I think you need to consider a lot of things including the amount of words on slides, the amount of interactivity, are there videos and audio they need to listen to, also are they forced to see every slide or is the navigation open (allowing them to jump back and forth to review content) you should also consider your audience and how they would navigate (are they young and likely to scan and click through quickly, or are they seniors who need a bit more time to read, etc.) Considering you already have your courses, maybe you should consider asking a few people tp sit through the courses, like a real learner would, and time how long it takes. That's actually what I had to do for one my major e-learning project I worked on in the past... to identify the duration. I recorded 5 people completing the course and took the average time from those 5. Hope this helps!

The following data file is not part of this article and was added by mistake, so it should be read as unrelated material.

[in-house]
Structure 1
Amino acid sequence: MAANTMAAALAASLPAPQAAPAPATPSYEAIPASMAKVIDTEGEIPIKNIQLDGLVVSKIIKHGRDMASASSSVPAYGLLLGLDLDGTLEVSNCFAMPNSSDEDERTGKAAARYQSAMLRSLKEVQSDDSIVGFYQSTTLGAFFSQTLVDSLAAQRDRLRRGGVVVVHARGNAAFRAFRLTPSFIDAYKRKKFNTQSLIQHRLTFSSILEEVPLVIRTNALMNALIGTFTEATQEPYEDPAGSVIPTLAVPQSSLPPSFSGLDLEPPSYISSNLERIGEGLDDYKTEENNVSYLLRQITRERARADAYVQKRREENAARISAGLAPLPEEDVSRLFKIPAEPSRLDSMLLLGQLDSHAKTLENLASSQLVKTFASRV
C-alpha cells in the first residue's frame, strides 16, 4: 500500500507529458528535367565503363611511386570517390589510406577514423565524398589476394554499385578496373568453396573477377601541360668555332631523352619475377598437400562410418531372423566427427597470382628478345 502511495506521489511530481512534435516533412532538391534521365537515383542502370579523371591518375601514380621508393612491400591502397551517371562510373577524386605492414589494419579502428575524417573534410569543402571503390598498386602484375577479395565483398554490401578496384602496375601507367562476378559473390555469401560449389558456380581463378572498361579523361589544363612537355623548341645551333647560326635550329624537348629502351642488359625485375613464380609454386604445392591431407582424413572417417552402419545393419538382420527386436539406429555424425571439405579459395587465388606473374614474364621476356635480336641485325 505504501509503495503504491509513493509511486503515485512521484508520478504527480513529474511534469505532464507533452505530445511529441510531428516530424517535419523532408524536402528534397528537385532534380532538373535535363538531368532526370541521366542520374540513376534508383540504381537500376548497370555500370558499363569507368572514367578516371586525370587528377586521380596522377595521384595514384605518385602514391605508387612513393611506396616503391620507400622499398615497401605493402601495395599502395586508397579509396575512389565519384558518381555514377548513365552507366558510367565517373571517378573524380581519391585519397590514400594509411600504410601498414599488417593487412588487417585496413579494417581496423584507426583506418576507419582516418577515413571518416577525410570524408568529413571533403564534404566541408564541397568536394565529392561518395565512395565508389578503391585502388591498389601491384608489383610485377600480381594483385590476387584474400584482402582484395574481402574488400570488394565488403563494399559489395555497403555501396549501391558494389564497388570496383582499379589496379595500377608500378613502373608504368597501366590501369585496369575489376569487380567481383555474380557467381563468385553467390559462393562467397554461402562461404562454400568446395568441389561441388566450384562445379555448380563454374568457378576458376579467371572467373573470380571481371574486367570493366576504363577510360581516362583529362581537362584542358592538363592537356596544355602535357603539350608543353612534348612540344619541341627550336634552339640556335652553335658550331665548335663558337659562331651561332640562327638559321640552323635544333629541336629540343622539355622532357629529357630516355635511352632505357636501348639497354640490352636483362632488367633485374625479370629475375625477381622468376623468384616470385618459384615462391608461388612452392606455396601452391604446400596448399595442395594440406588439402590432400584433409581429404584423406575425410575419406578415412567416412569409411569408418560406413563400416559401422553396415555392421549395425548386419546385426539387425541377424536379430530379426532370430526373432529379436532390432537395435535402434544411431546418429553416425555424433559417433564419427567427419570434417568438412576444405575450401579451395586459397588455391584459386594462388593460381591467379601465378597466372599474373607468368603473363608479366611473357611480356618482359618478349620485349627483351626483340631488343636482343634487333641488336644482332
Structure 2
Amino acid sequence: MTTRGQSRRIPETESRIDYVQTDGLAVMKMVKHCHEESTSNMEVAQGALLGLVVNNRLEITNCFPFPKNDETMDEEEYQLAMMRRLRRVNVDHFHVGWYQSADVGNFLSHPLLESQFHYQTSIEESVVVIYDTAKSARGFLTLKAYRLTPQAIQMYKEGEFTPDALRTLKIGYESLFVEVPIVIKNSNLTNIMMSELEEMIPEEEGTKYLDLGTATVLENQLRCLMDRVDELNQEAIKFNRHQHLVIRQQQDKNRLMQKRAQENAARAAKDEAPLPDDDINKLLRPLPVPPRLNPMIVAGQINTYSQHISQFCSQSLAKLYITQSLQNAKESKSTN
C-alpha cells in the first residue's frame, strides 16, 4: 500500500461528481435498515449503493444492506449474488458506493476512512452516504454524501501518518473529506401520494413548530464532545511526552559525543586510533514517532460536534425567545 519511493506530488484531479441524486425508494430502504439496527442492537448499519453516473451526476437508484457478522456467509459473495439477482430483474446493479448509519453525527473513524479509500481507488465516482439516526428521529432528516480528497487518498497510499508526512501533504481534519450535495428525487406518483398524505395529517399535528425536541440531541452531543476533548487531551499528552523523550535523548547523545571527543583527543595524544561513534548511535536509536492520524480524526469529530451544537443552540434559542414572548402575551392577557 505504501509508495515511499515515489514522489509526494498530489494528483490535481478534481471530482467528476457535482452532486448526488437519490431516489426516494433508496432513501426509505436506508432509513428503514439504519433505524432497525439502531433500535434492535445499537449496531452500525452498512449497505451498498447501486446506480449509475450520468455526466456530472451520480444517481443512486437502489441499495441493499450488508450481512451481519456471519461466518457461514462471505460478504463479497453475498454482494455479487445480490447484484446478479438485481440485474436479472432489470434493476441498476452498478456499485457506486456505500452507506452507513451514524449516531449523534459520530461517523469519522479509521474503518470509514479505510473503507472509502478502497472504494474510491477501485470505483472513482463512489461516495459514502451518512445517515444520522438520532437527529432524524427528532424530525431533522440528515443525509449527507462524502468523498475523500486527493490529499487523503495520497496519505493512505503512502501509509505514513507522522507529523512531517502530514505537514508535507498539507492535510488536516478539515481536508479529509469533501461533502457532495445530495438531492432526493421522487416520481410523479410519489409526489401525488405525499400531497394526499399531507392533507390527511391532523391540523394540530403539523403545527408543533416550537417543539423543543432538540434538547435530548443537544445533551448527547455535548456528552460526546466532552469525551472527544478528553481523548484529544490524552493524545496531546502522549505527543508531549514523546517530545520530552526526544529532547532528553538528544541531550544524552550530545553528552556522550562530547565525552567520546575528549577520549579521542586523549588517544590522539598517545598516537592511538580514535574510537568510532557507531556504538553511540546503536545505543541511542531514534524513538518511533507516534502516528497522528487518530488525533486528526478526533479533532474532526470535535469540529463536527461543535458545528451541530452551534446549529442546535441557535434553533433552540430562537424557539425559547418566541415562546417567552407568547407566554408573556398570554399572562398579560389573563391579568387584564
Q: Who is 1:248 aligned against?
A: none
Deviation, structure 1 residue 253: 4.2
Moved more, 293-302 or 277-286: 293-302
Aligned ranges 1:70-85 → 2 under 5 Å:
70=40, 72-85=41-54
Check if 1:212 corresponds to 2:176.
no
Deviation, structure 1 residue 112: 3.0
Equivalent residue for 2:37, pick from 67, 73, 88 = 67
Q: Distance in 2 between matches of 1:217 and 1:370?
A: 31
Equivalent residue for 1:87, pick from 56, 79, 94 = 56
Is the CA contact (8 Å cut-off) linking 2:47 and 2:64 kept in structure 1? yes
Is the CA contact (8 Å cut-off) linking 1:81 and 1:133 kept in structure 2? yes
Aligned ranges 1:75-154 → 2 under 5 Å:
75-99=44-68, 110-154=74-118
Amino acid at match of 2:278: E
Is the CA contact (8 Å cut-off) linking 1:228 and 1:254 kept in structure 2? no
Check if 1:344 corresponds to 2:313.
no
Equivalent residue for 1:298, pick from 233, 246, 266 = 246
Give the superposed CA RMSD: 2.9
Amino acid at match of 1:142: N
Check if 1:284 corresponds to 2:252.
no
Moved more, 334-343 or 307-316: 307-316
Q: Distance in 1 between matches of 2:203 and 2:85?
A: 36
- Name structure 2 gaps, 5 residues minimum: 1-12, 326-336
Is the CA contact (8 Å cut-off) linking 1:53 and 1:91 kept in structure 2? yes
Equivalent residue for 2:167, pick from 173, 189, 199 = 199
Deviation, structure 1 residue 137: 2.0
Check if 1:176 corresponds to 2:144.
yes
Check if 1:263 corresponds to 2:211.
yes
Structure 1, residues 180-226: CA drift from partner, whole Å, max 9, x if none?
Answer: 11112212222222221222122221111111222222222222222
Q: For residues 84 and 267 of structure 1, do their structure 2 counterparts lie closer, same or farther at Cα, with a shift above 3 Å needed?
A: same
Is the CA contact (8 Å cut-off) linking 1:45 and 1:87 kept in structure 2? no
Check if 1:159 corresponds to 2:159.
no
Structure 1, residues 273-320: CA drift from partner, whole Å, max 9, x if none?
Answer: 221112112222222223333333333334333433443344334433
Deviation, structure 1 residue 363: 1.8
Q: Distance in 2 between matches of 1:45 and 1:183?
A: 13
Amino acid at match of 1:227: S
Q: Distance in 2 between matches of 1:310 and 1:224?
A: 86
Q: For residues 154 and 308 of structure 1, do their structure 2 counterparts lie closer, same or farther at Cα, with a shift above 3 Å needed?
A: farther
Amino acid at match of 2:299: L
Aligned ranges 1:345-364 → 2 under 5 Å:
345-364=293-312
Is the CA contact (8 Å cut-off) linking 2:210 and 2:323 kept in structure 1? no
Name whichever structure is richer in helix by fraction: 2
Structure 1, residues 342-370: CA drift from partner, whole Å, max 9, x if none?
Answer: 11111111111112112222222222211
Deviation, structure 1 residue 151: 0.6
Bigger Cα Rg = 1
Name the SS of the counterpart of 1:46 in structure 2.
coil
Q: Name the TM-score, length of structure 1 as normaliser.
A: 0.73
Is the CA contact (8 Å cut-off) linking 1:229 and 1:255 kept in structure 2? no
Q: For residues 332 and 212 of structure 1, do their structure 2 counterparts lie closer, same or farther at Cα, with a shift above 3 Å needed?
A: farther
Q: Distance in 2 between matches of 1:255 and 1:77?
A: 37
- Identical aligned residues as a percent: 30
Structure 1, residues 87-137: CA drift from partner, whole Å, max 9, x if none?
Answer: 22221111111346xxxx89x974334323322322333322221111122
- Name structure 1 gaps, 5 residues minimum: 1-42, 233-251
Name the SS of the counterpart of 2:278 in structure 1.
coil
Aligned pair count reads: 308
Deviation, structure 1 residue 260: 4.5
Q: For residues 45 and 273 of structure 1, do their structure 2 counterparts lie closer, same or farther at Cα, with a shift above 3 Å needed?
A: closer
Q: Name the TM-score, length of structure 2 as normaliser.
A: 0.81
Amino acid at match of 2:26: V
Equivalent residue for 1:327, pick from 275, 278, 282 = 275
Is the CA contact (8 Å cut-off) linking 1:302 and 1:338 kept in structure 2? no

Steve Flowers

For estimates prior to finalizing production, I use a variety of methods to ballpark seat time. 

(Total Narration + Activity Estimates) * 1.10

  • For narration length, pasting in the script can help to ballpark total slide length:
  • For the activity estimate, I take inventory of the different types of interactions. If there are 3 interaction patterns and each is used 4 times, I rough time each base pattern and multiply by use.

These are only good for ballparks. The best way to get an accurate estimate is to field test the output with a good sample and capture a statistic that represents the actual experience. Running through it yourself as if you were a participant is a good way to set a baseline.